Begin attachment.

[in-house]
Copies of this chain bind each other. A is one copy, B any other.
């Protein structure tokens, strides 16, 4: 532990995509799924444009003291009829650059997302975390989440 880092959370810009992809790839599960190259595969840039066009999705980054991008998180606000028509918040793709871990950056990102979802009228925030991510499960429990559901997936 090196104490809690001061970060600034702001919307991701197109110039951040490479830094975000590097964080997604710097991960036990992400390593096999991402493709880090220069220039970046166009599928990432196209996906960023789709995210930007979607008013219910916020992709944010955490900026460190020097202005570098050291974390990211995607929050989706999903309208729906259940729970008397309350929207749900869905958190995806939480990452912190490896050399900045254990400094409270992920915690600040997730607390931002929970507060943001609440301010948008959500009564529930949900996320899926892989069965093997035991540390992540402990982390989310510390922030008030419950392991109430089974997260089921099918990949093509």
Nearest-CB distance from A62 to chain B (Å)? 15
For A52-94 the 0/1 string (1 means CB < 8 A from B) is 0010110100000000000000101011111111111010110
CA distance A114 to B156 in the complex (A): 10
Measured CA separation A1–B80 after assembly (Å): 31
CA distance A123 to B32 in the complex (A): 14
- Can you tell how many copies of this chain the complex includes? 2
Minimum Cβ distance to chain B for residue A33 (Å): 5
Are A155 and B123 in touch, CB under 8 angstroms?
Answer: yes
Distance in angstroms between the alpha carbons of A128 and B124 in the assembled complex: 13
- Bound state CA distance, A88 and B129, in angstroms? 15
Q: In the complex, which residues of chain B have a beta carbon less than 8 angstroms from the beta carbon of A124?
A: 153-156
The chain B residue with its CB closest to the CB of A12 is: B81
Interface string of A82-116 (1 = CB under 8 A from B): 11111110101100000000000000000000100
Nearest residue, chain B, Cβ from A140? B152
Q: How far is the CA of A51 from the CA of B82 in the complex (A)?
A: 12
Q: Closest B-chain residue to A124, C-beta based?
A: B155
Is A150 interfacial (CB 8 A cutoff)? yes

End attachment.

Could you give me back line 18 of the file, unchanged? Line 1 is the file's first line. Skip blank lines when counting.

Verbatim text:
Interface string of A82-116 (1 = CB under 8 A from B): 11111110101100000000000000000000100